01/15/2004 12:00AM

Playing both ends of the market with a mare

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LEXINGTON, Ky. - Despite the cold, the rain, the wind, and mental images of sunny south Florida beaches, Keeneland staged a successful January sale this week. Bargains were found, fortunes were made, and the beat goes on.

At the top of the market, the sale of Cajun Beat's dam, the Cure the Blues mare Beckys Shirt, for $850,000 shows both the volatility and the possibility of the Thoroughbred marketplace, as well as its potentially immense rewards.

The 13-year-old mare Beckys Shirt was bred in Canada by Spring Farm. By a very good stallion in Cure the Blues, Beckys Shirt is out of the stakes-winning Ye mare Thundertee, who had good racing ability but represents a fairly strong departure from commercially fashionable lines.

Despite a cool reception at the sales, where she brought only $20,000, Beckys Shirt became a very useful race filly. Although only stakes-placed, Beckys Shirt showed her best form racing in New York, where she ran second in the Grade 2 Distaff Handicap and third in the Grade 2 Prioress Stakes and Bed o' Roses Handicap.

With a good physique and these quality performances to recommend her, Beckys Shirt brought $200,000 from John T.L. Jones at the Keeneland November sale in 1996. The mare was carrying her first foal to a cover from the internationally successful sire Kingmambo, and Jones purchased Beckys Shirt for himself and Smoot Fahlgren.

To this point in her career, Beckys Shirt had gone from strength to strength, and her new owners doubtless felt she would become a producer of significance. They bred her to important young stallions such as Hennessy, Honour and Glory, and Grand Slam with that confidence in mind.

Overall, they had to be terribly disappointed. The Kingmambo filly the mare was carrying at the time of purchase brought only $27,000 as a yearling and died unraced. The mare's succeeding foals were not that much more successful until the Grand Slam colt arrived and sold for $145,000 as a weanling in the Keeneland November sale of 2000.

That foal was a very important young animal for two reasons. First, he became Cajun Beat and won the Breeders' Cup Sprint last year. Second, Brazilian-born Renato Gameiro - a breeder, agent, and adviser - spotted the colt when he was looking at foals and yearlings.

Gameiro recalled: "I spotted Cajun Beat when looking at the sales. He was a nice colt and went on my list. The September sale is a good sale for me to buy my horses [for clients] and mark dams that produce them. I never thought that Cajun Beat would win the Breeders' Cup, but he was a nice horse."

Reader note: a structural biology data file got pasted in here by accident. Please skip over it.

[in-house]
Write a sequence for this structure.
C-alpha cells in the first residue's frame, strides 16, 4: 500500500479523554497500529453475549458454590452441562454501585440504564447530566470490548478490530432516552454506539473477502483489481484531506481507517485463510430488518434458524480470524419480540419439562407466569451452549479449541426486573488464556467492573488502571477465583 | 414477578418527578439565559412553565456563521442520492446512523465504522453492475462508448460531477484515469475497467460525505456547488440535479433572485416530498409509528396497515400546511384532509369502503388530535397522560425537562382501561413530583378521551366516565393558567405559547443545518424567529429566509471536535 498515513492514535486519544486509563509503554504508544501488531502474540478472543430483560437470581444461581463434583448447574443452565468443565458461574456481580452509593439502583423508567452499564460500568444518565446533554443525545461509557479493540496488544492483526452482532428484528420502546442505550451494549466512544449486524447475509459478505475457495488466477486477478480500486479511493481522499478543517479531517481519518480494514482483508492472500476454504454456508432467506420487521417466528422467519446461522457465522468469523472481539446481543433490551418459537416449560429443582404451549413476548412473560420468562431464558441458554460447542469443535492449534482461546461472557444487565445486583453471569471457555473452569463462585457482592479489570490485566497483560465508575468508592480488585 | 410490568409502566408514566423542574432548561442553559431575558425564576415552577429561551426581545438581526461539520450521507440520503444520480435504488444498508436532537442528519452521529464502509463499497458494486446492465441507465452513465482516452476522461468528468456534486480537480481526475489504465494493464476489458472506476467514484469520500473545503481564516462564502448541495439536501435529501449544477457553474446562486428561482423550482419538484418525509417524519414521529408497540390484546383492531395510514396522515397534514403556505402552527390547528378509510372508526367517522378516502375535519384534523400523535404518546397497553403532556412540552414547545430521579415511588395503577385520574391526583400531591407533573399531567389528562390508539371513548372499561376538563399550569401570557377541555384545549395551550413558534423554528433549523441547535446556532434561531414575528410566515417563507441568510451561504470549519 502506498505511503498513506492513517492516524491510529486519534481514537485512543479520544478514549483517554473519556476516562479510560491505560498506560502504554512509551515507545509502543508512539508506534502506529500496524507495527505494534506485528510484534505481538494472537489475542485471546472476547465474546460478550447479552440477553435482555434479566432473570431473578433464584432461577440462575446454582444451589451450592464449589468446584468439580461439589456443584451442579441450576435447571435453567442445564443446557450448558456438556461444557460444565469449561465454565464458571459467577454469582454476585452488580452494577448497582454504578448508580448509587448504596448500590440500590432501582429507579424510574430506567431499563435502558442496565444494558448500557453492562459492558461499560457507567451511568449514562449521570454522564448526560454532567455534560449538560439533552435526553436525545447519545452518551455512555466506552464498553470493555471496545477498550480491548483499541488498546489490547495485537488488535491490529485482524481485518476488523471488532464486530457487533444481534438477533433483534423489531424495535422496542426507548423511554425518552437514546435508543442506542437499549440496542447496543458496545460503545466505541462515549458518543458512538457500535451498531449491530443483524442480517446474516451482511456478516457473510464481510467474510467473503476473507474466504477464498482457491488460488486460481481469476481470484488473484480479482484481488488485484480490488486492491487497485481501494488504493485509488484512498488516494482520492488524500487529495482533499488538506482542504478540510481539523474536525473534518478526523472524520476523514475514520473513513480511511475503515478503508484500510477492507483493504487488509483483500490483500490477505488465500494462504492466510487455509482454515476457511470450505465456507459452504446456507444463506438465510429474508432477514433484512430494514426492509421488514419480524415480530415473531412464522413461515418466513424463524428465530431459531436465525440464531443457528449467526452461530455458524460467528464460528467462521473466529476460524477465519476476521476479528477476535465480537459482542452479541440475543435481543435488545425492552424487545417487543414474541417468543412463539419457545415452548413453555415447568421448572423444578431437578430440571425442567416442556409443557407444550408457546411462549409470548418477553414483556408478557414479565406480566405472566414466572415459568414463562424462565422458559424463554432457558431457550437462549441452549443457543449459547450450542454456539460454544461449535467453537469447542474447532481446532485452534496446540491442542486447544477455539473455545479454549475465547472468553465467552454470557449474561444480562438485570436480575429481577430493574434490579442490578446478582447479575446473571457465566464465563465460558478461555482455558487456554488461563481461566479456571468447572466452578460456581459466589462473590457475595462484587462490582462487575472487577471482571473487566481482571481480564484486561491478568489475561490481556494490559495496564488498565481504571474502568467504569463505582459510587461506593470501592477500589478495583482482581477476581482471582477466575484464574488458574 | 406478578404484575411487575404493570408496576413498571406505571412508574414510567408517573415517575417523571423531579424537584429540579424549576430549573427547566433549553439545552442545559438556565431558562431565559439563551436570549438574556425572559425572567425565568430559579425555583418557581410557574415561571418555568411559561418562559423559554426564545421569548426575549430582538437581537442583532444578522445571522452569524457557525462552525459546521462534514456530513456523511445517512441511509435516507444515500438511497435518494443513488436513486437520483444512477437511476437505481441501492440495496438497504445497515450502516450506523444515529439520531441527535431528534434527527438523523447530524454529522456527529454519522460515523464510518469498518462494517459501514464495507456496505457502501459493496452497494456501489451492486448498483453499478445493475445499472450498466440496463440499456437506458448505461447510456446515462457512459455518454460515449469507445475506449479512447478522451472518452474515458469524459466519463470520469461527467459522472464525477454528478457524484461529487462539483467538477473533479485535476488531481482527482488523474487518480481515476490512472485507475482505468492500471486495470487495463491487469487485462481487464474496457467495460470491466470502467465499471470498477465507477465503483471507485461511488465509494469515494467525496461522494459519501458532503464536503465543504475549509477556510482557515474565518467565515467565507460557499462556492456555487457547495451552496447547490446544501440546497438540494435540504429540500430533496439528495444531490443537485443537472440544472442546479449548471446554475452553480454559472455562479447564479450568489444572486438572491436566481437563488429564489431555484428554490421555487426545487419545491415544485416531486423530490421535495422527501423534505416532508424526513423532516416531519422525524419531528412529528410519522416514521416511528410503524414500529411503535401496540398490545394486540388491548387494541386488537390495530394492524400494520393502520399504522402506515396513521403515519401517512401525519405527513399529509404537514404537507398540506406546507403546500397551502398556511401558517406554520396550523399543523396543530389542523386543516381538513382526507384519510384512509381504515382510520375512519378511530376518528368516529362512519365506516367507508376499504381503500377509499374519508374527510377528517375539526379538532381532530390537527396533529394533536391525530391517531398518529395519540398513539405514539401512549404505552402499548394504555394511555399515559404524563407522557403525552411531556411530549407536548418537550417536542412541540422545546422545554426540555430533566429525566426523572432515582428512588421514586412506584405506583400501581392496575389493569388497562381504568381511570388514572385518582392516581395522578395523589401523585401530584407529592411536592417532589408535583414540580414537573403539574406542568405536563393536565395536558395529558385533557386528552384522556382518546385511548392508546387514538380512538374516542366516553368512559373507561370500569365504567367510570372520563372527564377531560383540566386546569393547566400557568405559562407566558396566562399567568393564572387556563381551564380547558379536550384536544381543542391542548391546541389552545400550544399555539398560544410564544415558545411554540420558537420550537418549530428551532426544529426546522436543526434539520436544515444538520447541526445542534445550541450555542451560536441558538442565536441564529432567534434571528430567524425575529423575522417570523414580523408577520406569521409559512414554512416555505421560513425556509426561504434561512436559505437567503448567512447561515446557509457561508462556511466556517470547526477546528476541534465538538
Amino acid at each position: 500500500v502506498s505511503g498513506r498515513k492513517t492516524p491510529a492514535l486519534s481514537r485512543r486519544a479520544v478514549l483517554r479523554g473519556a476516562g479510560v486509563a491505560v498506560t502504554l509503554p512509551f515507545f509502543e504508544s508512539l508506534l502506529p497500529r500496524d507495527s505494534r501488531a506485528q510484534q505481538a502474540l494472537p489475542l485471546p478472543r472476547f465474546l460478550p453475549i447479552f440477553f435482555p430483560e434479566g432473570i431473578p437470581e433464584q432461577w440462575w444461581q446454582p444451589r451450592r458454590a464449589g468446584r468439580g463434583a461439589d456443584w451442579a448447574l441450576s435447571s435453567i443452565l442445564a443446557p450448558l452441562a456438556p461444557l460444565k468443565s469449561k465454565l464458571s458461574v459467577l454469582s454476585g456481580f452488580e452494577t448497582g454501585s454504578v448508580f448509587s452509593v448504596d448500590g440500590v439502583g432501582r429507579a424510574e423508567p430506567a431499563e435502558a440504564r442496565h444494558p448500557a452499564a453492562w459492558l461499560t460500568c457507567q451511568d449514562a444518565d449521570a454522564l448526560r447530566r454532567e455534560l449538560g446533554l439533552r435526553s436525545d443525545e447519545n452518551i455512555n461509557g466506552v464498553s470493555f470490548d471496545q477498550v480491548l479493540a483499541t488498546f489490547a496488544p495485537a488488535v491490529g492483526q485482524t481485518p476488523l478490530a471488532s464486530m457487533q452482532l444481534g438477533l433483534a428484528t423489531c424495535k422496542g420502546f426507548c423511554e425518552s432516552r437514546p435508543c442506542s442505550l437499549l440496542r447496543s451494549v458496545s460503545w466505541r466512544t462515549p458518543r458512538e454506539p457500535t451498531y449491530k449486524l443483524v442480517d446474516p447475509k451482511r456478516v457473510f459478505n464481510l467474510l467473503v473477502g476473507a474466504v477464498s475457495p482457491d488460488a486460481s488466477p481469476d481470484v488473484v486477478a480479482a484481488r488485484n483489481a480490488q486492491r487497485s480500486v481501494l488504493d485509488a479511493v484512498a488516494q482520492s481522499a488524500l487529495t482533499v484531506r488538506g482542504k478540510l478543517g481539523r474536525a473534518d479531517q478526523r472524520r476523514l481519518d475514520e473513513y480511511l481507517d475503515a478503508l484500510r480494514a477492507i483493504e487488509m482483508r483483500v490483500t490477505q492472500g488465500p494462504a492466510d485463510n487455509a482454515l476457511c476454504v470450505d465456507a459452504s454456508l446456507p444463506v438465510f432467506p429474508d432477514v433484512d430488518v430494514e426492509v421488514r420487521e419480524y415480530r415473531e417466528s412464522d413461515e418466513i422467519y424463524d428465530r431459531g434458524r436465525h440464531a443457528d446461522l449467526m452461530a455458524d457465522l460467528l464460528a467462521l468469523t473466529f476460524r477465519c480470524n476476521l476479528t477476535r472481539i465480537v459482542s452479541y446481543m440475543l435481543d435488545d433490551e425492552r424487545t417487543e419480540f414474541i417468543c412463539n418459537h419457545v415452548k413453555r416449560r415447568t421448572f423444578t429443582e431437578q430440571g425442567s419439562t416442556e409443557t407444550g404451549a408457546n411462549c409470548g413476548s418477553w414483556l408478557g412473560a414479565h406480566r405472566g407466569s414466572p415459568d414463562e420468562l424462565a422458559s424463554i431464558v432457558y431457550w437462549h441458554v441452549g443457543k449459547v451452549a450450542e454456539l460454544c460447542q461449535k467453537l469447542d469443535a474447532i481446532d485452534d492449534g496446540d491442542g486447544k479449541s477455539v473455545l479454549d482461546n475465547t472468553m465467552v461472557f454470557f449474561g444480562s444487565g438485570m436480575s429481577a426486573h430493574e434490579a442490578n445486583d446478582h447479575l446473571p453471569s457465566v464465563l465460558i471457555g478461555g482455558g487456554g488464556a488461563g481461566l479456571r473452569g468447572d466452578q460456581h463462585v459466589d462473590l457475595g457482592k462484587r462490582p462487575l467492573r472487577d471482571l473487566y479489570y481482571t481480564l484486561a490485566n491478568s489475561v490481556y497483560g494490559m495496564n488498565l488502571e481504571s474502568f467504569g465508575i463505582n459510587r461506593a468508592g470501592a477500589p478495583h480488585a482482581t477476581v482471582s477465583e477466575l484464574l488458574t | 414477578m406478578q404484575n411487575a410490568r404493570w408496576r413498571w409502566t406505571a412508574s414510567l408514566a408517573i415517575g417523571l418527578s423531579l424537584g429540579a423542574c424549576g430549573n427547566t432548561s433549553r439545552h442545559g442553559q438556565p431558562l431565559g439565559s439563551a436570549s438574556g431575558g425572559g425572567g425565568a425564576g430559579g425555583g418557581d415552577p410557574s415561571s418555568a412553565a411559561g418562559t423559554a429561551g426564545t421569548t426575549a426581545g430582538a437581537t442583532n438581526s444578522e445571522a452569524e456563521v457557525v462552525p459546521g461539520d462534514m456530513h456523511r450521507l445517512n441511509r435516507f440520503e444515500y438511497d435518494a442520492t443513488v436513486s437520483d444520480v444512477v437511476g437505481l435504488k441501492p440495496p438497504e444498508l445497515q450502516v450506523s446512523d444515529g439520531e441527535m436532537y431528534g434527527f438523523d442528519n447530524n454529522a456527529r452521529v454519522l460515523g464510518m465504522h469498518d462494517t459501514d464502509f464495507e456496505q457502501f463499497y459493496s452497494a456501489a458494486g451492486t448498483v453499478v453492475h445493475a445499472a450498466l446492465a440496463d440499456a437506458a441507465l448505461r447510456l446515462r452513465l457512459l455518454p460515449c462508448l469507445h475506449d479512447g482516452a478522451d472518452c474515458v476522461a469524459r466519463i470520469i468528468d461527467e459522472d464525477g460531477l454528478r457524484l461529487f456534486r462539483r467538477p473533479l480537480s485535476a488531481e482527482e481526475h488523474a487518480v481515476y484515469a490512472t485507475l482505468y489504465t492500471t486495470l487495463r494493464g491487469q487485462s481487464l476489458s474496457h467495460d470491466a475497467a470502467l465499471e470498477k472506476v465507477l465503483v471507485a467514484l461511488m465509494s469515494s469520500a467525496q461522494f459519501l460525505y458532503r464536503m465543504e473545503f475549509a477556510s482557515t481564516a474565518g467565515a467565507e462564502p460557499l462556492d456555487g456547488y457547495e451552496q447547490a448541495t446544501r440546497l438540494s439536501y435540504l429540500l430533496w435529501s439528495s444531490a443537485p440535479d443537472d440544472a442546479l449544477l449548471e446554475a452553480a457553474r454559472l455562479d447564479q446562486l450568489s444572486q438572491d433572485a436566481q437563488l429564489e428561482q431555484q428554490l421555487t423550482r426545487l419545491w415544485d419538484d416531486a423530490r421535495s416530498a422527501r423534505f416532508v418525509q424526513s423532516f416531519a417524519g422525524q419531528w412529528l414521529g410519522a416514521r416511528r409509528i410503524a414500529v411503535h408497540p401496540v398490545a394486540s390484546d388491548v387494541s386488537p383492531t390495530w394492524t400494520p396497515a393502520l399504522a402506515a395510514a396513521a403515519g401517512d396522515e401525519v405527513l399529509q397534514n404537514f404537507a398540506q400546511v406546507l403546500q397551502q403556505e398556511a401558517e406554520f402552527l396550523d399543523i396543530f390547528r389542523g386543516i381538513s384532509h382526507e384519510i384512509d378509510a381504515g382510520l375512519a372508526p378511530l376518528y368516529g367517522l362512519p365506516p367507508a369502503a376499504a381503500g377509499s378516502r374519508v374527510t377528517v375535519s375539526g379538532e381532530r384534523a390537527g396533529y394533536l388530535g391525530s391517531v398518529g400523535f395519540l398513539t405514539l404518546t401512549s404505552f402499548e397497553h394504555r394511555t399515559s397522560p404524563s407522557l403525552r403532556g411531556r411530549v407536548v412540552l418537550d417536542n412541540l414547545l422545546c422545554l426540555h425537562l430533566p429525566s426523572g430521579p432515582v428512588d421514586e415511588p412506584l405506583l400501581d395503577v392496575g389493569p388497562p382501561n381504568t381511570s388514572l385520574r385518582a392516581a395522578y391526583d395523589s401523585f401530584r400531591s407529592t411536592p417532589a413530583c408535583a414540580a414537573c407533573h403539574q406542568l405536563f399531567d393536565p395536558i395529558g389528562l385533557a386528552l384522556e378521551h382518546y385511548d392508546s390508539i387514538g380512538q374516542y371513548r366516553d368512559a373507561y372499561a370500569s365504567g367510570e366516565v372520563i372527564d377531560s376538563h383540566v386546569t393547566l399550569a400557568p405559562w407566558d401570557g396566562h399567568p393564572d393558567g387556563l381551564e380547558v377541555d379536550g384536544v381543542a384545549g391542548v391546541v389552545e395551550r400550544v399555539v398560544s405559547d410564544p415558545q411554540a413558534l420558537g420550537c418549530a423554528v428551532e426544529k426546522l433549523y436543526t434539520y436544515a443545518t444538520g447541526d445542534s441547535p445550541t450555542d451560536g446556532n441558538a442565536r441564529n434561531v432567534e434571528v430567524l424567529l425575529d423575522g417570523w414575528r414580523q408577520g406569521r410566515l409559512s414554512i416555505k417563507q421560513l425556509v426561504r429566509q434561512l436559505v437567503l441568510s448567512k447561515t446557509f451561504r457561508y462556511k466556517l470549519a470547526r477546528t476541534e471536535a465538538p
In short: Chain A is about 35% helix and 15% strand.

Once Gameiro had seen Cajun Beat, who did not meet his reserve at the September sales, he was on the lookout for his dam.

Gameiro said: "I have always bought mares who have produced very good-looking foals. Since 90 percent of the really good horses are beautiful horses, I try to find mares who can produce them. Also, I like to buy mares who have had three or four foals so that I can look at the foals and decide from that."

So, when Beckys Shirt came on the market at the 2002 Keeneland November sale, Gameiro was there to buy the mare for Marco Bozzi and Giuseppe Riccioni. The mare, in foal to the young stallion Minardi, brought $14,000.

With this, the commercial estimation of Beckys Shirt had reached its lowest point. She had been culled, and almost nobody wanted her.

Yet, as Gameiro said, "I can find a diamond in very strange places."

Indeed, this would seem one of the strangest. It was a limited budget that prompted Bozzi and Riccioni to select Beckys Shirt. Gameiro said that "Bozzi came with a list of 90 mares. I had only 20 on my list, and out of that, eight did not pass. They were not good in conformation. We tried to buy the other dozen, and only one was in our price range, but only one is now the dam of a Breeders' Cup winner." That is Beckys Shirt.

Gameiro appreciates the role of good fortune in the story of Beckys Shirt and gives full credit to Satish Sanan, co-owner of Cajun Beat. "A big part of the success was Satish Sanan," Gameiro said. "He had faith in Cajun Beat and put him in the hands of the best people to bring out his talent. Without that, we wouldn't be here today."

Also, Gameiro said with a little smile: "There is a saying that God is Brazilian. And Bozzi lives near the Pope. We got lucky. So maybe we had a little extra help."

Despite Gameiro's self-effacing comments about luck and divine intervention, he has done this before. Several years ago, he bought the Kris mare Pointed Path for a modest sum. Then, after the mare's daughter Fairy Path won the Group 3 Prix de Calvados in France, Gameiro resold Pointed Path to Shadai Farm for $375,000. Taken to Japan and mated with Sunday Silence, the mare has become an excellent producer, with last year's Japan Derby winner, Neo Universe, being her best racer to date.